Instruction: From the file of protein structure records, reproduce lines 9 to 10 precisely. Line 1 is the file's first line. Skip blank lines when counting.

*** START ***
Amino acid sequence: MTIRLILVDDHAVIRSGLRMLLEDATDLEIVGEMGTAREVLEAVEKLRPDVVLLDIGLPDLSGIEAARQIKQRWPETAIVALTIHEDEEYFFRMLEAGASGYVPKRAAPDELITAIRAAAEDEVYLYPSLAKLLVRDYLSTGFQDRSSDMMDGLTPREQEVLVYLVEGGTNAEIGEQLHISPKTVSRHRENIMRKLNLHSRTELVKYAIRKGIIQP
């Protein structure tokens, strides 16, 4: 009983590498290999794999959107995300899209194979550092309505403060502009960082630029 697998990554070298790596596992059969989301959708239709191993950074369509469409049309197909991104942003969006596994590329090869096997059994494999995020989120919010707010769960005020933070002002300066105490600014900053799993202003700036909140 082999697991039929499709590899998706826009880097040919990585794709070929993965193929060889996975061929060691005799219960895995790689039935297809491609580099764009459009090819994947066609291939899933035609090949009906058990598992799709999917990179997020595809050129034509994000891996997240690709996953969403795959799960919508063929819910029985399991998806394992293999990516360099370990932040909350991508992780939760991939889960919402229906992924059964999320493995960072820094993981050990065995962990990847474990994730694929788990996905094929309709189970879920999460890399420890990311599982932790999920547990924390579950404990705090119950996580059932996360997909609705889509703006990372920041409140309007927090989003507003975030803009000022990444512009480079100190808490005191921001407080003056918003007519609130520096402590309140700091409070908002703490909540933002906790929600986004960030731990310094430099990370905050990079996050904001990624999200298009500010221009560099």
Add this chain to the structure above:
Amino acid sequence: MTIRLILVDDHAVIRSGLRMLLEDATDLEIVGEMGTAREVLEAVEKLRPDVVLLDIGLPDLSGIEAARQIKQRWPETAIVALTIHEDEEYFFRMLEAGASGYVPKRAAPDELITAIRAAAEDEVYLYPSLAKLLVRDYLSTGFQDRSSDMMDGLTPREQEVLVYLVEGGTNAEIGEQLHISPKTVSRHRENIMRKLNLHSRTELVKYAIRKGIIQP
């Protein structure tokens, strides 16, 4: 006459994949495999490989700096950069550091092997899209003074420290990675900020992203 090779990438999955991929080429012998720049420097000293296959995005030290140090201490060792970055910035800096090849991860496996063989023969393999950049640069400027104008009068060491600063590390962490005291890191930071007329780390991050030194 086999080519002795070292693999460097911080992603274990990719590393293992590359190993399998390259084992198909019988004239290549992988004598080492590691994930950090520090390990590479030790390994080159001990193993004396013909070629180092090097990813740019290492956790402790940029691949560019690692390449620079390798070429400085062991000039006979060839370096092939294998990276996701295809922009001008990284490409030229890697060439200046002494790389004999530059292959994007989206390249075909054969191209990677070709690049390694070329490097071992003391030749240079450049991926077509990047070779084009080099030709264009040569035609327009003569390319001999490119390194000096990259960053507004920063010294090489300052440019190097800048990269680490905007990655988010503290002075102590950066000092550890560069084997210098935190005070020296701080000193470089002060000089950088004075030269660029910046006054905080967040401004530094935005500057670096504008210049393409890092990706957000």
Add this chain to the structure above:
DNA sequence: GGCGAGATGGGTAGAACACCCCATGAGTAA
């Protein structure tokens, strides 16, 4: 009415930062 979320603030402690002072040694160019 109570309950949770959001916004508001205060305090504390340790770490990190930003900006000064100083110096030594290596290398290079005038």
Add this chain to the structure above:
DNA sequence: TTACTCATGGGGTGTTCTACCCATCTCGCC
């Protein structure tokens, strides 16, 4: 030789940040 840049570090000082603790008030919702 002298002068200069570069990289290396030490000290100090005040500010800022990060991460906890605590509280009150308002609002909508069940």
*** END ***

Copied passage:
Add this chain to the structure above:
DNA sequence: TTACTCATGGGGTGTTCTACCCATCTCGCC